The Pope never bargained for such. It was purely a pastoral visit to Catholic Church in Nigeria. But the old man was to discover, to his chagrin, that Nigerians from all faiths and denominations, choking under the draconian rule of General Sani Abacha, were pinning their hopes on him to persuade the iron-fisted ruler, to let go the jugular of the nation.
As Pope John Paul II drove through the streets of Abuja, Nigeria’s new, shining capital city, enthusiastic spectators held up copies of the newspapers for him to see. POPE OUR LAST HOPE was the screaming banner headline of The Vanguard. Virtually all the newspapers cast SOS headlines and wrote passionate editorials and feature appealing to the Pontiff to persuade the head of state, General Sani Abacha to do the right thing: hand over power, not to himself, but to a democratically elected government; to release all politicians and journalists and respect human rights and human lives.
“Bail us out, Holy Father! Bail us out!” a group of youths cried out as the “Pope Mobile,” his transparent, custom-made SUV approached the city center. Simultaneously, welcome billboards, banners, and posters placed by the government along the expected routes of the Pope gave a different impression of a country practically under siege. Both the government and its critics were eager to gain the Pope’s ear and plead the merits of their case.
The first group was the association of Roman Catholic bishops and archbishops called the Catholics Bishops Conference of Nigeria who had already, on the eve of the pontiff’s visit, urged Gen. Abacha to free political prisoners and make amends with opposition groups. They told the Pope that they were not comfortable with the situation on the ground as the “Nigerian nation is critically ill” and suggested that in his meeting with Abacha he should stress the importance of dialogue and reconciliation. They also requested him to entreat the government to “release all political detainees and prisoners and allow them to participate fully in the transition process.” The Conference submitted to the Pope a list of 150 detained and imprisoned politicians, unionists, activists, and journalists for onward delivery to Abacha, with a request for him to release them.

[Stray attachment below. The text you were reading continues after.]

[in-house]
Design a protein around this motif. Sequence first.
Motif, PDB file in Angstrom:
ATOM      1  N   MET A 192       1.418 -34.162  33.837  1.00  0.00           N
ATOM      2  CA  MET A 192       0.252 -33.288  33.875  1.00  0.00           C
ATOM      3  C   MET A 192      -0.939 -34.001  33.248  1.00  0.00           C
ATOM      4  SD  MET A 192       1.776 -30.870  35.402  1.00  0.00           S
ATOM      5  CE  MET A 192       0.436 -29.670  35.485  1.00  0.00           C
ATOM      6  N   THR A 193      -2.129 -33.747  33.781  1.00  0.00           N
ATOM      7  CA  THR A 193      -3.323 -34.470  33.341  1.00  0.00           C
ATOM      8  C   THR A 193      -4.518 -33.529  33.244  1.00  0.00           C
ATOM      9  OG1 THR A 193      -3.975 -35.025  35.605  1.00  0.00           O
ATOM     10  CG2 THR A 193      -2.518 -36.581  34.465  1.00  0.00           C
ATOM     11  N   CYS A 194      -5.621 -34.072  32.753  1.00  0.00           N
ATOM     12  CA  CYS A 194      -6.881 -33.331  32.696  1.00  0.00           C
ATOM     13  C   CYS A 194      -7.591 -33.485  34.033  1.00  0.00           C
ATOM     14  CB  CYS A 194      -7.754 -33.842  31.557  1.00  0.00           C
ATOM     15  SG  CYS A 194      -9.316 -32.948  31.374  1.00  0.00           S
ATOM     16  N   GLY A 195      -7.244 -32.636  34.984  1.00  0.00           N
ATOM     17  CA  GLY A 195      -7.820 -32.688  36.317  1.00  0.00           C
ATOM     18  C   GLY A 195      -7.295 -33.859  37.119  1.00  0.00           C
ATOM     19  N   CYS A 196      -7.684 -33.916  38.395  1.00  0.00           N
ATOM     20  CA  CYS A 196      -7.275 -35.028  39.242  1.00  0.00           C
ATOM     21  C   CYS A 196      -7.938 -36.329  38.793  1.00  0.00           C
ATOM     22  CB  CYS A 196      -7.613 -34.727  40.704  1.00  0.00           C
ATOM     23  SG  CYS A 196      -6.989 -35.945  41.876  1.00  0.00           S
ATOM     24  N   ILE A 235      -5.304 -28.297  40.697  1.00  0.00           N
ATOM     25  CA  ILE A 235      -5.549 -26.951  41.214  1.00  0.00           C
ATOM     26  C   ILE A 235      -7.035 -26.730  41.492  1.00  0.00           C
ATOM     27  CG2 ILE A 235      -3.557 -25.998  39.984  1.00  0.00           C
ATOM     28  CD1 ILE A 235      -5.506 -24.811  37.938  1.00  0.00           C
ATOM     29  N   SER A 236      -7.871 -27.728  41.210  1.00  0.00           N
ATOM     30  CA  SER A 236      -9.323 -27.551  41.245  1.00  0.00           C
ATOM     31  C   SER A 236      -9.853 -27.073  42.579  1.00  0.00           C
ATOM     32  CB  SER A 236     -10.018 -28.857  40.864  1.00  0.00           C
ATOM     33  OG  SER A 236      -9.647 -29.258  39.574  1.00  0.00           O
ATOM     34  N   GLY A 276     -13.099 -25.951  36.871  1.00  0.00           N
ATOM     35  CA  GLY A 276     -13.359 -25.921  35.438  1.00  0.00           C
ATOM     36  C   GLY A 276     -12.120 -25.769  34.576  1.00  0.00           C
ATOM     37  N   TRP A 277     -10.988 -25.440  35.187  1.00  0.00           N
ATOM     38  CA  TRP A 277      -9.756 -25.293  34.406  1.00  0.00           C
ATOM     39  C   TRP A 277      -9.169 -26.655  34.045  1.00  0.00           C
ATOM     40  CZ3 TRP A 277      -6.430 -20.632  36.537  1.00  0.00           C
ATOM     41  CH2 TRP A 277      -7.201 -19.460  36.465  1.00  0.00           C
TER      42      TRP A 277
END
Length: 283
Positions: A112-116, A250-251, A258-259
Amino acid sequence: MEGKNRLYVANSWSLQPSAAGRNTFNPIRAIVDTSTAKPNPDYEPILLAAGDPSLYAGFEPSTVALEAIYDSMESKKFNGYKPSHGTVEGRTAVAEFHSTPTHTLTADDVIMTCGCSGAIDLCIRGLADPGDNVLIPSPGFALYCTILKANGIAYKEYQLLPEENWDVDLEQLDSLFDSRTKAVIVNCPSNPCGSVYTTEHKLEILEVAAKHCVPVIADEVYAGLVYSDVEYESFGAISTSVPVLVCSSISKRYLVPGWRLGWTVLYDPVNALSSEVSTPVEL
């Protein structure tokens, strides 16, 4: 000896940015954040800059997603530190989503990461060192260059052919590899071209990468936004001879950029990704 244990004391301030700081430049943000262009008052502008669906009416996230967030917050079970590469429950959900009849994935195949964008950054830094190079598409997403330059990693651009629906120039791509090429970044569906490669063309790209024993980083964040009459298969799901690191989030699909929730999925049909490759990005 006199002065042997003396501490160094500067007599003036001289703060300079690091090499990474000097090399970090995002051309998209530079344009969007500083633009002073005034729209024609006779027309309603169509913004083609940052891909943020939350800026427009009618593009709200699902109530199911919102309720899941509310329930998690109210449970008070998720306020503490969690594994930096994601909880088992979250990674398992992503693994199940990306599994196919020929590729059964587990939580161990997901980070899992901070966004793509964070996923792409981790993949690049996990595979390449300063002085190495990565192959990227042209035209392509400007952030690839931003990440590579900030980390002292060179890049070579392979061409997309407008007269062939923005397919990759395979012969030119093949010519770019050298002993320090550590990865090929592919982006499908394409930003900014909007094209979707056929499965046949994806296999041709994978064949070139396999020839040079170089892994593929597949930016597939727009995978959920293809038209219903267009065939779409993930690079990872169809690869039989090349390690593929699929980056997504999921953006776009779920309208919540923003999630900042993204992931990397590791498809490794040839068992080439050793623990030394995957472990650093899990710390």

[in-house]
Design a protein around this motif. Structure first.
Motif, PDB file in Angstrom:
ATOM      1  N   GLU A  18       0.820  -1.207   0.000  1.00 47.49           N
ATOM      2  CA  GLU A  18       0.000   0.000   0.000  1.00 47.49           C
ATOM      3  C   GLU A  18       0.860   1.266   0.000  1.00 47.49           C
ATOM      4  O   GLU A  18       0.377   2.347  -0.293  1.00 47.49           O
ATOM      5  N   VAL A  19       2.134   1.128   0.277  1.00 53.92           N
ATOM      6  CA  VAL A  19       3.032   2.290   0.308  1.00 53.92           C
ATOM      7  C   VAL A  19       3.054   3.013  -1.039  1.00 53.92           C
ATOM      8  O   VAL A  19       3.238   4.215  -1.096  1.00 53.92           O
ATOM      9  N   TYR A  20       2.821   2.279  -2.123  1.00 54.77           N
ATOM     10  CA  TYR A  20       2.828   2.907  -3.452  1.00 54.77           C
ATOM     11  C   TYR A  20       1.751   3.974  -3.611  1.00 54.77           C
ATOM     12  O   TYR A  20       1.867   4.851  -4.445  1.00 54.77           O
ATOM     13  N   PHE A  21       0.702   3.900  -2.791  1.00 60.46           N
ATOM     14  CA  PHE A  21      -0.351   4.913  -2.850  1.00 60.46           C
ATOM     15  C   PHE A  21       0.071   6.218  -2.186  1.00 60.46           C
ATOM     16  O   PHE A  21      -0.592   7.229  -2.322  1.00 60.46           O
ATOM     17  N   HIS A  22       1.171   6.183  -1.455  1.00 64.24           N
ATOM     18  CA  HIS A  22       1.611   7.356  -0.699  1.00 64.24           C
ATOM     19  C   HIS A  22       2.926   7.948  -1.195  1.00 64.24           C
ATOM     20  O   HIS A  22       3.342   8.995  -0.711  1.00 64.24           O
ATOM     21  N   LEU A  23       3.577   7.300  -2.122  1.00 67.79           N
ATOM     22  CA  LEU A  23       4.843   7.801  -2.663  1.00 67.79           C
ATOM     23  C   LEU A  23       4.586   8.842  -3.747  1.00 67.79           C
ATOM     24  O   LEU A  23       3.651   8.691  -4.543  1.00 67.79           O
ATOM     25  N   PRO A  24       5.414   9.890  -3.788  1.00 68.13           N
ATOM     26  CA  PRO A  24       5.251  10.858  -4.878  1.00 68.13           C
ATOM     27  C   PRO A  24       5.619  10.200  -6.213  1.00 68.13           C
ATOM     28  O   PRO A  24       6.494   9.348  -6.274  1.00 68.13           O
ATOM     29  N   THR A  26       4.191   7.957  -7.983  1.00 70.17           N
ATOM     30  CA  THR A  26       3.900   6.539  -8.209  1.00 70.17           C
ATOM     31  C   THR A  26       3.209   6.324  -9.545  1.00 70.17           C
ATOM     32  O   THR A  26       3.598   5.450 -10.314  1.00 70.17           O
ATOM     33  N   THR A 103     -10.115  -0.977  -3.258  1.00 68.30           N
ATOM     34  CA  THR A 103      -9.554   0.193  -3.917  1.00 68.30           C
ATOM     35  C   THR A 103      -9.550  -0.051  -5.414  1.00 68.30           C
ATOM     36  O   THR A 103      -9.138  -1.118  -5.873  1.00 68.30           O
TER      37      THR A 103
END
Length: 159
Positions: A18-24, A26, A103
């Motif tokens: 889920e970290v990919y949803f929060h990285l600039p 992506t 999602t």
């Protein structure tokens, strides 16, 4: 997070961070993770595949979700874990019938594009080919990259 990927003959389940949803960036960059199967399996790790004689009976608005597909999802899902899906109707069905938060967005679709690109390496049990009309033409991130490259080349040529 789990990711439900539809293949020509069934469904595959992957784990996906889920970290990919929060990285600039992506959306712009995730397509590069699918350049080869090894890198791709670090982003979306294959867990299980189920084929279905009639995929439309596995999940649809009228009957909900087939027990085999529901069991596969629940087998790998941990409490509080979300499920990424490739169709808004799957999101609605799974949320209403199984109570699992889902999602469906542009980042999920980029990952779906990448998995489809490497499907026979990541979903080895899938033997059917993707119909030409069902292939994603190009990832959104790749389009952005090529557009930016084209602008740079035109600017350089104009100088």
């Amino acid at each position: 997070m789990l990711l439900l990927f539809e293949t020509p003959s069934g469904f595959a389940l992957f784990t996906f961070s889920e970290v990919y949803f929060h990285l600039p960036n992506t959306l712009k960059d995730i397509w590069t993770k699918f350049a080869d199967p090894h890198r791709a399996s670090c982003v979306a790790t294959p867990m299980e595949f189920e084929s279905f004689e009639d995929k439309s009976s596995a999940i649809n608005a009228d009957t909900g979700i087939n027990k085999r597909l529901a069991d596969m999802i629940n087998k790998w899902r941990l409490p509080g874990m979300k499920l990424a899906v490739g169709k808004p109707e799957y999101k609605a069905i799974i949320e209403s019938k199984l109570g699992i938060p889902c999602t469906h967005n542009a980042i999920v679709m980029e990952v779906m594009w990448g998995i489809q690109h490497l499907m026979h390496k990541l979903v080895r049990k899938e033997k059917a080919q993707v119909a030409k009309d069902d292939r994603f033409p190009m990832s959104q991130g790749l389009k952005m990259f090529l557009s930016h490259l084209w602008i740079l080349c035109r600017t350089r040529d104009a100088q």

The Pope also received a long memo from a group in the US known as the Nigerian Pro-Democracy Network, NPN, a coalition of pro-democracy organizations in various parts of the US. It told the Pope that, since Abacha came to power in November 1993, the entire country has been held hostage by a “systematic silencing of every dissenting voice,” including that of MKO Abiola, the winner of the 1993 Presidential elections. “Beginning with the political class, the regime has targeted labour leaders, intellectuals, journalists, students, human rights activists, and environmentalists,” the memo said. It cast doubts on the genuineness of Abacha’s transition to the civil rule program. The Pope would be doing the will of God to intervene, the NPN said.
An international group of journalists, Reporters Sans Frontiers told the Pope Nigeria was “one of the most repressive African countries with regard to freedom of the press”; that more than 90 journalists had suffered repression last year and “at present, six additional journalists are being detained without an official reason. Some of them are waiting to be tried and their health is said to be poor.” The group asked the Pope to intercede on the journalists’ behalf.
The Nigeria Civil Liberty Organization, leaders of Protestant churches, and families of detained activists, also placed their hopes in the Pope for a solution to Nigeria’s problems. And a group of women pleaded in their letter: “The rest of the world seems to have abandoned us in the hands of merciless soldiers. We have exhausted every means of securing the freedom of our husbands. Don’t go home, please, Your Holiness, without securing the release of our husbands.”
The government, however, also had every intention of taking the utmost propaganda advantage of the Pontiff’s visit, even naming two streets as Pope John Paul II Street and pope John Paul II Crescent. Loquacious Foreign Affairs Minister Tom Ikimi ensured that the Vatican envoy in Nigeria gave the Pope its side of the story. He was told of the “peace and stability” that the Abacha administration has secured for Nigeria since taking power.